Entertainment Media

Case Study: Stereotyping and National Identity in entertainment media

The Simpsons is one of the most popular entertainment television shows in the world. The show has been running for 19 years, and has been dubbed into many languages, including Japanese, Spanish, German, Portuguese and Arabic (Woodburn, 2007). The Simpsons have influenced how certain cultures are perceived across borders.

In each season, the Simpsons travel to a foreign country or region for an episode. They have visited Japan, Australia, China, France, Brazil, England and Cuba, and regions including "the South Pacific" and "Africa". In these episodes foreign nations are depicted in a variety of ways, all through comedic devices. Although very popular, The Simpsons has at times been criticised for its portrayal of foreign countries.

The following lesson plan is about stereotypes and identity. Using The Simpsons, this exploration will show how entertainment media use stereotypes and what the possible implications are for understanding other cultures. Below are excerpts from an episode that raise questions about how entertainment media define other nations. The survey that follows will take some of these representations and apply questions that can relate to television shows around the world.

EPISODE: Simpsons Safari
PLOT: In the episode entitled "Simpson Safari," Homer wins a trip for the family to "Africa." On their trip they meet members of a Masai tribe, are chased by a hippo and run into Greenpeace workers who expose a diamond plot.

The entire continent of Africa is treated as one country. This ''Africa'' the Simpsons visit is presented in stereotypical ways: as wracked by famine, filled with exotic animals, and ruled by corrupt politicians.

Lisa: [reading box] "Find the golden giraffe and we'll send you and your family to Africa!"
Homer: "Africa! They're bound to have food there!"

The episode ends with this following scene of the family leaving Africa--complete diamonds in their pockets:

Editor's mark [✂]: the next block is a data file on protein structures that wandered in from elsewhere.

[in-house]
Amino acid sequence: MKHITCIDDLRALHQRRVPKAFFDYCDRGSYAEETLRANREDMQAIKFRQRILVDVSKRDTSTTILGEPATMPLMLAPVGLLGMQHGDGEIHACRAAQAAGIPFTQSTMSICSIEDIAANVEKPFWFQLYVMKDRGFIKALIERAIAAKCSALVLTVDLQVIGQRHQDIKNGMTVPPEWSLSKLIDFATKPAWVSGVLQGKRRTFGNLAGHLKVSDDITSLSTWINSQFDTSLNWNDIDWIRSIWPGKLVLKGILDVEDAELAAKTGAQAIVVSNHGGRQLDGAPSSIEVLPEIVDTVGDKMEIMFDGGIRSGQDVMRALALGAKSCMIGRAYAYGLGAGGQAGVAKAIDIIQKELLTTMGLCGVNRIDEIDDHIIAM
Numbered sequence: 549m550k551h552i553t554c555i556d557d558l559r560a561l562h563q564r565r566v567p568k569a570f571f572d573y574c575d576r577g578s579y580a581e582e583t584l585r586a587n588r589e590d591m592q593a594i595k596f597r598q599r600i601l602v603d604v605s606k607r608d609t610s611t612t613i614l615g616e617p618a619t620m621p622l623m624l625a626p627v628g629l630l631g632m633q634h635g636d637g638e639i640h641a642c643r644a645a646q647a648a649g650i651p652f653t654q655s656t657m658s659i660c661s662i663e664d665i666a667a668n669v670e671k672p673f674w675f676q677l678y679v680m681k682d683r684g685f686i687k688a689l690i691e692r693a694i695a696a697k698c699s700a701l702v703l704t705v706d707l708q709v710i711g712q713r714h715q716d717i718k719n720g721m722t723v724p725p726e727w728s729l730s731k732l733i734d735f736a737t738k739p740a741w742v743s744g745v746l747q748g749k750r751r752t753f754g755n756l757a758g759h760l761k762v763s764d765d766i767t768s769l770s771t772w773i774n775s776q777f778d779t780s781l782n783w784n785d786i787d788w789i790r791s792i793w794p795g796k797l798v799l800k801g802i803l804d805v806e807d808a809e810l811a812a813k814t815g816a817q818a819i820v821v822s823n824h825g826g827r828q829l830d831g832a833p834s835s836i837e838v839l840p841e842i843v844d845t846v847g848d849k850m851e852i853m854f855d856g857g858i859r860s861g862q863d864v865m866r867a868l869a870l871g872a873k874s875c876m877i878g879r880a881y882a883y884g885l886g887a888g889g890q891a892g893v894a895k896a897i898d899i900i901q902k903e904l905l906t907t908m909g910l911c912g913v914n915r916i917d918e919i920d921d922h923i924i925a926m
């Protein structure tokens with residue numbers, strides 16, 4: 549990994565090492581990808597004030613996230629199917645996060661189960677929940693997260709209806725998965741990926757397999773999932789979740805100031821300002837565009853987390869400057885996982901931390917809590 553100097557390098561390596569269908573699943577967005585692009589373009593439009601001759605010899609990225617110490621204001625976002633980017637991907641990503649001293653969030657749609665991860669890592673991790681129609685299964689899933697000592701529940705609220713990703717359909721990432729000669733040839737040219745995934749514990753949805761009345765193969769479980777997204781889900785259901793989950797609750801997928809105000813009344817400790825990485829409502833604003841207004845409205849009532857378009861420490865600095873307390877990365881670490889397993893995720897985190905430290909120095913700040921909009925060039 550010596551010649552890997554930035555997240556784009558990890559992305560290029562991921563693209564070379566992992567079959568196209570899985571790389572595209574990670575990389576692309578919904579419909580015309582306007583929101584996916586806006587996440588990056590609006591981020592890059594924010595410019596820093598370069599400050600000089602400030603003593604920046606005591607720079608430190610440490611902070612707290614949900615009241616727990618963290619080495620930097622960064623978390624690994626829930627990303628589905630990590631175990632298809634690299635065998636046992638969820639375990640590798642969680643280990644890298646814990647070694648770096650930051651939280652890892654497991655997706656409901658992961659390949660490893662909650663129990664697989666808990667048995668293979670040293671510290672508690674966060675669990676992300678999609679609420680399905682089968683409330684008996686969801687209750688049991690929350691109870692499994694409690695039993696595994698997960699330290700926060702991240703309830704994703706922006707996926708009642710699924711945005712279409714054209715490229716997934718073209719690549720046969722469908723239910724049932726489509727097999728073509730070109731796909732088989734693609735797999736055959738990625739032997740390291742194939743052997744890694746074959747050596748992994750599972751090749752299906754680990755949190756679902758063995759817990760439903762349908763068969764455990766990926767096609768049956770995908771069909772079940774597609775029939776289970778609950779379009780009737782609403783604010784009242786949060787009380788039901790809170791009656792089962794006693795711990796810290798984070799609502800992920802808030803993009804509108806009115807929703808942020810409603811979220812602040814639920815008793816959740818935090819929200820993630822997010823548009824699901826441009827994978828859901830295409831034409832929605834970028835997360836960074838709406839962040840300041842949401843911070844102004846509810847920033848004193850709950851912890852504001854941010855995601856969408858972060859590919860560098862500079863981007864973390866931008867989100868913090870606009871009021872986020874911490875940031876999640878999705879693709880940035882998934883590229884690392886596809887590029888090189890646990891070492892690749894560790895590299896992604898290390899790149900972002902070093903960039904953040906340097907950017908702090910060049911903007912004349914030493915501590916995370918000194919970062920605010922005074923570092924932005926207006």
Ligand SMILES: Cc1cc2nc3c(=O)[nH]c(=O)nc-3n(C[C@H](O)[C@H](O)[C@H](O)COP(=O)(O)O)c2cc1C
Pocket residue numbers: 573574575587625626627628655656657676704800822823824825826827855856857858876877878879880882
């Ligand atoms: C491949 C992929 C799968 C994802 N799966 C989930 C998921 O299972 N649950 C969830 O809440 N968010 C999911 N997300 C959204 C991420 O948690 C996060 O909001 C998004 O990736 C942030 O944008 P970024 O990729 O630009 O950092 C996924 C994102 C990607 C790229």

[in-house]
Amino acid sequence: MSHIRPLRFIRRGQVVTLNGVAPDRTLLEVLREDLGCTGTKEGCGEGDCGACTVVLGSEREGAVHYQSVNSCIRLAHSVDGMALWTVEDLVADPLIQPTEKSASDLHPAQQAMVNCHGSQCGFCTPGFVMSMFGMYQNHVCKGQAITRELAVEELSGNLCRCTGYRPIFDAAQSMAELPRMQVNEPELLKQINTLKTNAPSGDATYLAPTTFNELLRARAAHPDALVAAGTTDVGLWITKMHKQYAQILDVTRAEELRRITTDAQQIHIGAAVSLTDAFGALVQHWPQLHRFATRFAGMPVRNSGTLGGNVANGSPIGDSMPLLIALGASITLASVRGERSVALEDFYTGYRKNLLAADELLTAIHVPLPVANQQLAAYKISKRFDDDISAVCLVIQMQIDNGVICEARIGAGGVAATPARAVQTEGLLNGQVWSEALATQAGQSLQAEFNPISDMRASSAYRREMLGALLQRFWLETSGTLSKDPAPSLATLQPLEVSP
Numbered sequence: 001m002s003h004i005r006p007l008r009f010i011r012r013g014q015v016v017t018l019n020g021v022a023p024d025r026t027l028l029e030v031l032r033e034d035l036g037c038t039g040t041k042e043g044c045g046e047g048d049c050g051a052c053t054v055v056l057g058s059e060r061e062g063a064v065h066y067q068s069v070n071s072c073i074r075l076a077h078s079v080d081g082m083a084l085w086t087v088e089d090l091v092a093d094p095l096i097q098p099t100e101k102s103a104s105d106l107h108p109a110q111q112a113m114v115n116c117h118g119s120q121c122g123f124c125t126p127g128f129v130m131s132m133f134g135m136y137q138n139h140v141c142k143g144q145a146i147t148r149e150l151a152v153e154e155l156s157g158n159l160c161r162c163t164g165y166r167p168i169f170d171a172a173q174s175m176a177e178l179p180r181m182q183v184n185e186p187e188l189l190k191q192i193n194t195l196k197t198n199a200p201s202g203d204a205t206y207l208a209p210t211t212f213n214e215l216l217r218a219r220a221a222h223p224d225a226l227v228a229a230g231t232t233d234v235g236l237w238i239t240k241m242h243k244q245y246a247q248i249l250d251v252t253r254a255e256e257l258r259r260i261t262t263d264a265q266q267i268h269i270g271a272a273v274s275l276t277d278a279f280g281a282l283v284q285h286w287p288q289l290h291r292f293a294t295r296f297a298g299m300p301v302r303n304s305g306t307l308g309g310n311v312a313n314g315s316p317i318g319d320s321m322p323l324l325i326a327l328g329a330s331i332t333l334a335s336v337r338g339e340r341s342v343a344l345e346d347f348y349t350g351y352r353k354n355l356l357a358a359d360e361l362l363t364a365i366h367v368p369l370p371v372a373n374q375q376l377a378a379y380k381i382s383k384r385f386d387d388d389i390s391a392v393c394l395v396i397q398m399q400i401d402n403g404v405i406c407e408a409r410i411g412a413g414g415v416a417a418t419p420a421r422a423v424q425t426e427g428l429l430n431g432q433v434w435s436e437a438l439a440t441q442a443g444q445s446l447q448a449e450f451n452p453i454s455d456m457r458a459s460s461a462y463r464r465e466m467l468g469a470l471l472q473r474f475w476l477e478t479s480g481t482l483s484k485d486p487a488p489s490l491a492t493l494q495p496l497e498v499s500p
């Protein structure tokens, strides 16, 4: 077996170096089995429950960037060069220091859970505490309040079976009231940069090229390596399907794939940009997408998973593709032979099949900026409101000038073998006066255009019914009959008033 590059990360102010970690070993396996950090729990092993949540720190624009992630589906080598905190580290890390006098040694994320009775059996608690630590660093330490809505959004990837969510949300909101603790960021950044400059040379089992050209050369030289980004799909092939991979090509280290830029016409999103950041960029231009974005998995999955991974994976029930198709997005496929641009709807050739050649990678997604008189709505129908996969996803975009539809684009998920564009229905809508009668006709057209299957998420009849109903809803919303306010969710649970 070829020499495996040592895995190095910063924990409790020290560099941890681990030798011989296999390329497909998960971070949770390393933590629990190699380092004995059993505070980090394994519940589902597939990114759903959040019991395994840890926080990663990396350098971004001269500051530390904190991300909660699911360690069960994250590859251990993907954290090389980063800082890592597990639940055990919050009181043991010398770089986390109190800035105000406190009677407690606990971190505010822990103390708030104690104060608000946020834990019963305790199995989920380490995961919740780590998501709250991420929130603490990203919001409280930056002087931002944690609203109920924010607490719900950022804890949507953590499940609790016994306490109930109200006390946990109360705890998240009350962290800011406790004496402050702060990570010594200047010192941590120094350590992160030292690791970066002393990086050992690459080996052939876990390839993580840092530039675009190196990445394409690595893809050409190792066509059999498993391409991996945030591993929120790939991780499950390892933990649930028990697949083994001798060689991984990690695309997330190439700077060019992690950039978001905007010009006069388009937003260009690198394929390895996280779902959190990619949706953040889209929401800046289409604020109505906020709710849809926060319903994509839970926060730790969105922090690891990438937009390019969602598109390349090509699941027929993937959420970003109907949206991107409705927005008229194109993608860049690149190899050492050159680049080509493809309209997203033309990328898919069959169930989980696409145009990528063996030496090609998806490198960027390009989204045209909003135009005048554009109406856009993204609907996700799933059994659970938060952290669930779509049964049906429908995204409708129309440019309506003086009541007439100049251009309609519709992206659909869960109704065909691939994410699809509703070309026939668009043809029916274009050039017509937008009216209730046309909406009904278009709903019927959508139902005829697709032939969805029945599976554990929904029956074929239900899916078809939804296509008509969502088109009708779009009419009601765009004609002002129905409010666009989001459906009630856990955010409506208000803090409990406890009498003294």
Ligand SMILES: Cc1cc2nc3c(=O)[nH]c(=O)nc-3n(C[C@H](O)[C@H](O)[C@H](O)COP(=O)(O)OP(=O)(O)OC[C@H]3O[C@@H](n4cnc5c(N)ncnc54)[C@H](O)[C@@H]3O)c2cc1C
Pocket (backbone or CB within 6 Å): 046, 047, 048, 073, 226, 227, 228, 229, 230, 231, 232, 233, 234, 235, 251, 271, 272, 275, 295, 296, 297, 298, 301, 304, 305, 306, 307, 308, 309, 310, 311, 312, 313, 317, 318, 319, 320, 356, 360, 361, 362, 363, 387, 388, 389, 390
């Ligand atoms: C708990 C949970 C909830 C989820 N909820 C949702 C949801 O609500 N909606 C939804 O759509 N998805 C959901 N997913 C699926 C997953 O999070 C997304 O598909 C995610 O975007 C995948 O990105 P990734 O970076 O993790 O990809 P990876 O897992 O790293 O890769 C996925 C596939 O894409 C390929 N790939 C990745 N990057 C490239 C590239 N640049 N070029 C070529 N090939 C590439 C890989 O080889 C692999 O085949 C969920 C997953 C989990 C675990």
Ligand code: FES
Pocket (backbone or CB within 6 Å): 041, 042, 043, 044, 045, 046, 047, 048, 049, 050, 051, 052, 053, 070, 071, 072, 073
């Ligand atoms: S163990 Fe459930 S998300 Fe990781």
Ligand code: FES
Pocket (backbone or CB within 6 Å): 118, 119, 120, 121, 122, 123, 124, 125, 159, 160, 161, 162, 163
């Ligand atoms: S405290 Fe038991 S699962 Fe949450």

[The plane taxis past a billboard reading, "Hail President Kitenge." Kitenge, their former tour guide, is pictured as looking presidential and
as carrying a scepter]

Homer: "Hey, look! Our tour guide got a new job."
Marge: "Hmm. Quite a promotion."
Homer: "I was wondering what became of him."
Marge: "What happened to President Muntu?"

[Muntu emerges from the back of the plane, wearing a flight attendants' uniform, and pushing a food cart]

Muntu: "I don't want to talk about it." [tosses some peanuts to Bart]
[The Simpsons laugh]
Homer: [through his laughter] "He got overthrown! Now he's just a stinkin' flight attendant. Hey, where's my pillow?"

In another Simpsons episode the family travels to South America, where the show depicts Brazilians--and Latin Americans in general--with very negative stereotypes. This episode, "Blame it on Lisa" (2002), offended Brazilian officials who were "upset over the show's ... general depiction of Brazilians as being Congo-dancing, mustache-wearing folks with Spanish accents."

Perhaps because The Simpsons is a cartoon and it's hard not to laugh at the story on occasion, it can be easy to overlook the show's reliance on negative stereotypes--or to think the use of such stereotypes as a joke is not really a problem.

But is it a problem? Entertainment media''s use of negative stereotypes of ethnicities, religions, cultures, nations, and entire regions can shape their viewers' understanding of others--especially when viewers don't have many other ways of learning about those "others."